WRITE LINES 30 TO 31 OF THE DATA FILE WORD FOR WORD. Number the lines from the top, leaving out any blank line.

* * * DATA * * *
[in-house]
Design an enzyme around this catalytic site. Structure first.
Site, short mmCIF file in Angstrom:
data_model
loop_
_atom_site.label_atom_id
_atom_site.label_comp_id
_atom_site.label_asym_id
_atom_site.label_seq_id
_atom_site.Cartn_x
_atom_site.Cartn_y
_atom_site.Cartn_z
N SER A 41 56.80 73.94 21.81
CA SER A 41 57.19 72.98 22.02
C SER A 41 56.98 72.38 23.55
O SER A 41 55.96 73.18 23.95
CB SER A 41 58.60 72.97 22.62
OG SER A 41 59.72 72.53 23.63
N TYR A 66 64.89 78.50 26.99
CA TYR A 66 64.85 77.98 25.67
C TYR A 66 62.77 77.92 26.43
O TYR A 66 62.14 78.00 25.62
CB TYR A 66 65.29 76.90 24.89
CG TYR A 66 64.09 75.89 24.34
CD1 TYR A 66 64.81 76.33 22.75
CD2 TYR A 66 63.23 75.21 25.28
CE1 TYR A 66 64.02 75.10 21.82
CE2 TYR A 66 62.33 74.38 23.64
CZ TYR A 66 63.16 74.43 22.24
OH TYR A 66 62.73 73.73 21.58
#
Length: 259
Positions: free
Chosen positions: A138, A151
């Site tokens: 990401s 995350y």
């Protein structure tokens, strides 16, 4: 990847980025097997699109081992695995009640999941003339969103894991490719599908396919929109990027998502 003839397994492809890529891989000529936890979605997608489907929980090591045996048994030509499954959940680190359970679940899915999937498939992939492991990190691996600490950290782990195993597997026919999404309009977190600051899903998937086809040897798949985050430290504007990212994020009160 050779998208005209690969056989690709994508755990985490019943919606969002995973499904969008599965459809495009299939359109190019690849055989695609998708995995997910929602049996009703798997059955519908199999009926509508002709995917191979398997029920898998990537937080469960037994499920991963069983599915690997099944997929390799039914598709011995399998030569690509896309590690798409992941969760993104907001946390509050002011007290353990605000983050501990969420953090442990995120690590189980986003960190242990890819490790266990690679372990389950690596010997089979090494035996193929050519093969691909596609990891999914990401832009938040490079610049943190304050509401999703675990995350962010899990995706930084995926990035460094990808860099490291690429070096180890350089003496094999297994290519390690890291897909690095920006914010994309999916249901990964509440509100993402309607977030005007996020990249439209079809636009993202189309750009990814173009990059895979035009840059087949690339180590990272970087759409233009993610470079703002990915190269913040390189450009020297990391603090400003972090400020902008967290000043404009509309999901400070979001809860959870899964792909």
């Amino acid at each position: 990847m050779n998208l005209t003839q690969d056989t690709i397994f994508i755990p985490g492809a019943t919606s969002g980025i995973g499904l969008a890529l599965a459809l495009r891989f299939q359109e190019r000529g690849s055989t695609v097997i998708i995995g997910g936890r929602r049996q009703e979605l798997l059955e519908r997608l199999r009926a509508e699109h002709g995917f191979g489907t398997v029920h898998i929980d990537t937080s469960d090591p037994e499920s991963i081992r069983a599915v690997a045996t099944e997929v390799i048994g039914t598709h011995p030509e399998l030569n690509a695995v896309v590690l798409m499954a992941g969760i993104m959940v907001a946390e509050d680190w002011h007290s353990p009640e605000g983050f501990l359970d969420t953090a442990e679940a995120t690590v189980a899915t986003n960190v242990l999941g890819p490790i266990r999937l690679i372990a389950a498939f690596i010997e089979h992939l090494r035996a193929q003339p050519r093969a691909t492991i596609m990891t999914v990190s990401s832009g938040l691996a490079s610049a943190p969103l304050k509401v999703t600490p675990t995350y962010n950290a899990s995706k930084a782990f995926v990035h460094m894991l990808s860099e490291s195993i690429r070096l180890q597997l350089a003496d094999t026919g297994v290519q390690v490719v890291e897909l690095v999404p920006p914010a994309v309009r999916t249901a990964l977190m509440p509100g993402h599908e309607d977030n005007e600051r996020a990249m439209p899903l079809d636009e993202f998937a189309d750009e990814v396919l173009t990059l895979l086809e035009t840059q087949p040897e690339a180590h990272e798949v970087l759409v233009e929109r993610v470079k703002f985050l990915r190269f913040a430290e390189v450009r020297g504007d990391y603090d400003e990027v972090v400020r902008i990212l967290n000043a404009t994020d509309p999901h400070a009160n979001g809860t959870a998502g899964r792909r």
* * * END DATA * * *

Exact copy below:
OH TYR A 66 62.73 73.73 21.58
#